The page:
A fundamental question that needs resolution is should an electricity customer pay for total energy absorbed from the grid as if that customer was a purely resistive load or should the customer only pay for energy provided at the fundamental frequency as if that customer had only an induction motor load? Similarly, should generators be paid for total energy delivered to the grid or just for energy delivered at the fundamental frequency? Who is responsible for the extra costs of managing harmonic energy?

An issue worthy of thought is that in the future small (20 MWe) distributed nuclear generators may use inverters or cycloverters to transfer power from steam turbine driven direct coupled generators that typically operate at 14,000 RPM to 60 Hz. The alternative gear drives for frequency reduction seldom reliably withstand the rigors of continuous operation. However, the solid state inverters will have some of the harmonic issues and moment of inertia surge current constraints that presently beset wind and solar generators.

Moment of inertia is an important aspect of electric power systems that is seldom understood by the public and is generally only appreciated by a limited subset of the engineering community. Moment of inertia in an electricity system is discussed on the web page: Generation Valuation. It is a subject that is briefly discussed in a 4th year power machines course but then is usually forgotten about by most engineers.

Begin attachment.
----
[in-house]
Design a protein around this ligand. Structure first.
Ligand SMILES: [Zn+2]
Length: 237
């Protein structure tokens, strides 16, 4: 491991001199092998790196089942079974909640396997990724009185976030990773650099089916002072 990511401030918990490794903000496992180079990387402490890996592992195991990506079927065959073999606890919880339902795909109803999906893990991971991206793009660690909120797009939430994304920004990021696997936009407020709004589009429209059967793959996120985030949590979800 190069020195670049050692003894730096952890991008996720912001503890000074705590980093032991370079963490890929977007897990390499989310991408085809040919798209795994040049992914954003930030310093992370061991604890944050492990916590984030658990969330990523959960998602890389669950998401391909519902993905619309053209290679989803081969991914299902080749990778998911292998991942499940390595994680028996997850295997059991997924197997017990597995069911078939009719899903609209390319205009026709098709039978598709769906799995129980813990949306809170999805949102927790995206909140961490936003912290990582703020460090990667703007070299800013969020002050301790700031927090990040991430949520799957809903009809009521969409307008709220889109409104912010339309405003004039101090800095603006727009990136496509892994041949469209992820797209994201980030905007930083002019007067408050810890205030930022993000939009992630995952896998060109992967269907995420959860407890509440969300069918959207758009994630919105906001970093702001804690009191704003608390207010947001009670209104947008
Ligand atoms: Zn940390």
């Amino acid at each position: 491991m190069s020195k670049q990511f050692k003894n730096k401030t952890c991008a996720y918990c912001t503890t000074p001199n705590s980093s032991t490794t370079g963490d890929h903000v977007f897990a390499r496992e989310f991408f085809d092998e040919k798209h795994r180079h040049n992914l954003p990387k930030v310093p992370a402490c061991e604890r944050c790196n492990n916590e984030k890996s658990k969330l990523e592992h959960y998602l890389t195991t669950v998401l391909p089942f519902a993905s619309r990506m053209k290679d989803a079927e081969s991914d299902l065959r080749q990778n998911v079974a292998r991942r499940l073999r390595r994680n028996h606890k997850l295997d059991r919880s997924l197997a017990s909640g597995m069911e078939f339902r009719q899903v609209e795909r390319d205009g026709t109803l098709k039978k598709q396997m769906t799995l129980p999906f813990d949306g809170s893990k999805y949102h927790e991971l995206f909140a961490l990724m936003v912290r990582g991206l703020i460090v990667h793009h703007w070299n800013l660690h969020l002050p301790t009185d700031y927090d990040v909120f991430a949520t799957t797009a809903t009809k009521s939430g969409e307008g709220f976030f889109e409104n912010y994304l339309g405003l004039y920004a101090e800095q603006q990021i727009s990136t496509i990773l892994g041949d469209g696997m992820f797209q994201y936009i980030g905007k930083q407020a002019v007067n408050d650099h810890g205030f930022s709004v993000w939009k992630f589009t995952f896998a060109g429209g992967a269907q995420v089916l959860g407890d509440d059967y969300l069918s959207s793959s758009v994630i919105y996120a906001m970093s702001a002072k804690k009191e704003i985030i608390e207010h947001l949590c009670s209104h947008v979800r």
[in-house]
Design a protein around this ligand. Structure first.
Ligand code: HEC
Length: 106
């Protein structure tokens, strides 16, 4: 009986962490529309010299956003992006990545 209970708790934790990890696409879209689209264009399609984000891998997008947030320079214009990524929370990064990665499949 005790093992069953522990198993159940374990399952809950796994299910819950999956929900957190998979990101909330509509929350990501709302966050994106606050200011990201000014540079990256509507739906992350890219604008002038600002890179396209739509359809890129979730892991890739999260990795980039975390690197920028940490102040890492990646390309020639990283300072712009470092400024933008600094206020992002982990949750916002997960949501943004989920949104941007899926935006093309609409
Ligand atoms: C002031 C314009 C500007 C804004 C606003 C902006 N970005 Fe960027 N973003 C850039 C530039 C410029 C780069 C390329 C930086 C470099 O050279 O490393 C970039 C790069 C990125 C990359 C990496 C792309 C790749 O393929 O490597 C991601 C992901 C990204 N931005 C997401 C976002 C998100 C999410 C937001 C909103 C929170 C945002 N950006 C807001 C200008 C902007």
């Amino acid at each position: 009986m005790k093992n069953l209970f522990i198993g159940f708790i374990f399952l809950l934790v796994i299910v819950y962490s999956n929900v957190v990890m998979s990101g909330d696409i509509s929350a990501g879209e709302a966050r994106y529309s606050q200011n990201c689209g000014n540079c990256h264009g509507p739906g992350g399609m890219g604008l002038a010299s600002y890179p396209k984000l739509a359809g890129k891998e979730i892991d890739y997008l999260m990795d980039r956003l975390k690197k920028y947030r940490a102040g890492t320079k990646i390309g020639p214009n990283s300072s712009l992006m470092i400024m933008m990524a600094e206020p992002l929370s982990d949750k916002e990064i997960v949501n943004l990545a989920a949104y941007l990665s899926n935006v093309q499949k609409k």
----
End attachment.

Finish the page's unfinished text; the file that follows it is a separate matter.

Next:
Up until about 1990 almost every significant electricity generator incorporated a mechanical rotating device that inherently provided moment of inertia which contributed to electricity system stability. Then came the availability of large power semiconductors and power inverters with ratings and costs suitable for use in distributed electricity generation systems.

There are two classes of power inverters, current source inverters that rely on the external electricity system for voltage control and voltage source inverters that provide their own voltage control.

A voltage source inverter can be programmed to simulate the moment of inertia of a synchronous generator. However, when a synchronous generator experiences a load transient an energy spike is transferred to or from the synchronous generator rotating moment of inertia. Accommodating this energy spike in a power inverter requires switching elements and energy storge that must accommodate peak currents much higher than normal. Those higher peak current rated switching and energy storage elements significantly increase the cost of a power inverter. Consequently the power inverters used with most solar and wind generation are current source rather than voltage source inverters. Thus in a real power system with a high penetration of wind and solar electricity generation a large fraction of the generation provides no moment of inertia.